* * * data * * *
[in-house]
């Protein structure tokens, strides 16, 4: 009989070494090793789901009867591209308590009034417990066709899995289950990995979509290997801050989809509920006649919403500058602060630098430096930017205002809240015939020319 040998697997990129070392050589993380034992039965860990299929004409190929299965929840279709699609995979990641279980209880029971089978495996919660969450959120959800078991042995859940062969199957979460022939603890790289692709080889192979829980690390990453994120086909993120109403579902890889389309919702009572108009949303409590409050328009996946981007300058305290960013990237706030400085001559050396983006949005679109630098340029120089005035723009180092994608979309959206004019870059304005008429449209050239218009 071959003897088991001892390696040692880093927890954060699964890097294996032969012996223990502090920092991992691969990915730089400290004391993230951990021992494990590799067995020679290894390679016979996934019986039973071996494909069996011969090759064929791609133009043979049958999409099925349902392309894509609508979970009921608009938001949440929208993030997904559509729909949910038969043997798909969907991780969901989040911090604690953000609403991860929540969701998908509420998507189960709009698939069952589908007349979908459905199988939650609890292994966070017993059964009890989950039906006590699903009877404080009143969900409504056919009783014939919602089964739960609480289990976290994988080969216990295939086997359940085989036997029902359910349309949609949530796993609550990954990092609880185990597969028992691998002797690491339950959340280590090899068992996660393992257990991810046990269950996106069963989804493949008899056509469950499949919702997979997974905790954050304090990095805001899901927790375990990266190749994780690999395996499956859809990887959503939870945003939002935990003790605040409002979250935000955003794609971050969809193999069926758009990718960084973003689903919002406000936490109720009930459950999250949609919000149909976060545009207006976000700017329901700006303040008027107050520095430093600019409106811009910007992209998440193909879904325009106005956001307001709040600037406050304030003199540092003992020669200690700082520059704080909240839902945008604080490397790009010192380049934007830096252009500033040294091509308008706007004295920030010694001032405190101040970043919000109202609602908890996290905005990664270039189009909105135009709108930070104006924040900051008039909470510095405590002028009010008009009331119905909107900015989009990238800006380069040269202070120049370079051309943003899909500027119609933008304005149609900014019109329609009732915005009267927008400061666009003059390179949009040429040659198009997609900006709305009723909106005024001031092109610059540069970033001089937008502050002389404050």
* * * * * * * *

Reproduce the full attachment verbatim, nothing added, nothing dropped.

[in-house]
């Protein structure tokens, strides 16, 4: 009989070494090793789901009867591209308590009034417990066709899995289950990995979509290997801050989809509920006649919403500058602060630098430096930017205002809240015939020319 040998697997990129070392050589993380034992039965860990299929004409190929299965929840279709699609995979990641279980209880029971089978495996919660969450959120959800078991042995859940062969199957979460022939603890790289692709080889192979829980690390990453994120086909993120109403579902890889389309919702009572108009949303409590409050328009996946981007300058305290960013990237706030400085001559050396983006949005679109630098340029120089005035723009180092994608979309959206004019870059304005008429449209050239218009 071959003897088991001892390696040692880093927890954060699964890097294996032969012996223990502090920092991992691969990915730089400290004391993230951990021992494990590799067995020679290894390679016979996934019986039973071996494909069996011969090759064929791609133009043979049958999409099925349902392309894509609508979970009921608009938001949440929208993030997904559509729909949910038969043997798909969907991780969901989040911090604690953000609403991860929540969701998908509420998507189960709009698939069952589908007349979908459905199988939650609890292994966070017993059964009890989950039906006590699903009877404080009143969900409504056919009783014939919602089964739960609480289990976290994988080969216990295939086997359940085989036997029902359910349309949609949530796993609550990954990092609880185990597969028992691998002797690491339950959340280590090899068992996660393992257990991810046990269950996106069963989804493949008899056509469950499949919702997979997974905790954050304090990095805001899901927790375990990266190749994780690999395996499956859809990887959503939870945003939002935990003790605040409002979250935000955003794609971050969809193999069926758009990718960084973003689903919002406000936490109720009930459950999250949609919000149909976060545009207006976000700017329901700006303040008027107050520095430093600019409106811009910007992209998440193909879904325009106005956001307001709040600037406050304030003199540092003992020669200690700082520059704080909240839902945008604080490397790009010192380049934007830096252009500033040294091509308008706007004295920030010694001032405190101040970043919000109202609602908890996290905005990664270039189009909105135009709108930070104006924040900051008039909470510095405590002028009010008009009331119905909107900015989009990238800006380069040269202070120049370079051309943003899909500027119609933008304005149609900014019109329609009732915005009267927008400061666009003059390179949009040429040659198009997609900006709305009723909106005024001031092109610059540069970033001089937008502050002389404050």